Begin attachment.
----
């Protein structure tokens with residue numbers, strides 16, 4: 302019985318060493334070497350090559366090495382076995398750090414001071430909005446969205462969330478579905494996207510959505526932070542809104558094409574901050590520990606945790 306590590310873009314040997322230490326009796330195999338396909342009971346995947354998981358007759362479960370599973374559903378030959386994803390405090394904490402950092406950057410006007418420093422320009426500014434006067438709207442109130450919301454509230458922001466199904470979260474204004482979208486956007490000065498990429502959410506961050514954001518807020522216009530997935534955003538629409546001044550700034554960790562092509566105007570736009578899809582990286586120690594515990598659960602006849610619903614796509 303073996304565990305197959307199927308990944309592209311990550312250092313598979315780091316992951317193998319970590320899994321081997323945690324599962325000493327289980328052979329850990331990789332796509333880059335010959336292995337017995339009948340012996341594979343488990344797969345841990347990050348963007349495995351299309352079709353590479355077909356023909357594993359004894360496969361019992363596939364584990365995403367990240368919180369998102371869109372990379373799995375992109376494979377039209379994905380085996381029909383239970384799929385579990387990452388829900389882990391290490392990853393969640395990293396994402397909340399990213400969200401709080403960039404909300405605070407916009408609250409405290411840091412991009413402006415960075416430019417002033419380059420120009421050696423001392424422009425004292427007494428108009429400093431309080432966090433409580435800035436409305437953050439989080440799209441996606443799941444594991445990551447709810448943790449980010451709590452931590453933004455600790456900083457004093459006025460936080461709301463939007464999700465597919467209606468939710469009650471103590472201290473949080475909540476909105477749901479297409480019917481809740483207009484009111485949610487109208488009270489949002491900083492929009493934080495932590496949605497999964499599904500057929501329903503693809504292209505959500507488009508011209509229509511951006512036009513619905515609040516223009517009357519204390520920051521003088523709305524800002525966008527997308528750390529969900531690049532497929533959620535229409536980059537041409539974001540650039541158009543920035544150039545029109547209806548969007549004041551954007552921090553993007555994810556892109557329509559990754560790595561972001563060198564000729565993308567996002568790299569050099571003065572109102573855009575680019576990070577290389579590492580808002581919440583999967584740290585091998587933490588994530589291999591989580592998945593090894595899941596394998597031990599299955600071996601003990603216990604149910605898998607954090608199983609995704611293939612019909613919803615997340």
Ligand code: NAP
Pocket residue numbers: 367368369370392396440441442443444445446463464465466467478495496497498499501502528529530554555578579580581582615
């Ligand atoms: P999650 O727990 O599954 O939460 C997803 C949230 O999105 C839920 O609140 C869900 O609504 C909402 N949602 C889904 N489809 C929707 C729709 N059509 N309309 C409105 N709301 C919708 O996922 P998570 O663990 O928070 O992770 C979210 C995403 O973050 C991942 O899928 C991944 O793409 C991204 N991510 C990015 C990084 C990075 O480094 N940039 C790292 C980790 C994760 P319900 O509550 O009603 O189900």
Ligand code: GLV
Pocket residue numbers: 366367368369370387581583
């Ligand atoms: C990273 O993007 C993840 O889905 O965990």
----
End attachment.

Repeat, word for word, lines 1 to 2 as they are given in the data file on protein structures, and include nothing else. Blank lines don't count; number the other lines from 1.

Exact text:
């Protein structure tokens with residue numbers, strides 16, 4: 302019985318060493334070497350090559366090495382076995398750090414001071430909005446969205462969330478579905494996207510959505526932070542809104558094409574901050590520990606945790 306590590310873009314040997322230490326009796330195999338396909342009971346995947354998981358007759362479960370599973374559903378030959386994803390405090394904490402950092406950057410006007418420093422320009426500014434006067438709207442109130450919301454509230458922001466199904470979260474204004482979208486956007490000065498990429502959410506961050514954001518807020522216009530997935534955003538629409546001044550700034554960790562092509566105007570736009578899809582990286586120690594515990598659960602006849610619903614796509 303073996304565990305197959307199927308990944309592209311990550312250092313598979315780091316992951317193998319970590320899994321081997323945690324599962325000493327289980328052979329850990331990789332796509333880059335010959336292995337017995339009948340012996341594979343488990344797969345841990347990050348963007349495995351299309352079709353590479355077909356023909357594993359004894360496969361019992363596939364584990365995403367990240368919180369998102371869109372990379373799995375992109376494979377039209379994905380085996381029909383239970384799929385579990387990452388829900389882990391290490392990853393969640395990293396994402397909340399990213400969200401709080403960039404909300405605070407916009408609250409405290411840091412991009413402006415960075416430019417002033419380059420120009421050696423001392424422009425004292427007494428108009429400093431309080432966090433409580435800035436409305437953050439989080440799209441996606443799941444594991445990551447709810448943790449980010451709590452931590453933004455600790456900083457004093459006025460936080461709301463939007464999700465597919467209606468939710469009650471103590472201290473949080475909540476909105477749901479297409480019917481809740483207009484009111485949610487109208488009270489949002491900083492929009493934080495932590496949605497999964499599904500057929501329903503693809504292209505959500507488009508011209509229509511951006512036009513619905515609040516223009517009357519204390520920051521003088523709305524800002525966008527997308528750390529969900531690049532497929533959620535229409536980059537041409539974001540650039541158009543920035544150039545029109547209806548969007549004041551954007552921090553993007555994810556892109557329509559990754560790595561972001563060198564000729565993308567996002568790299569050099571003065572109102573855009575680019576990070577290389579590492580808002581919440583999967584740290585091998587933490588994530589291999591989580592998945593090894595899941596394998597031990599299955600071996601003990603216990604149910605898998607954090608199983609995704611293939612019909613919803615997340």
Ligand code: NAP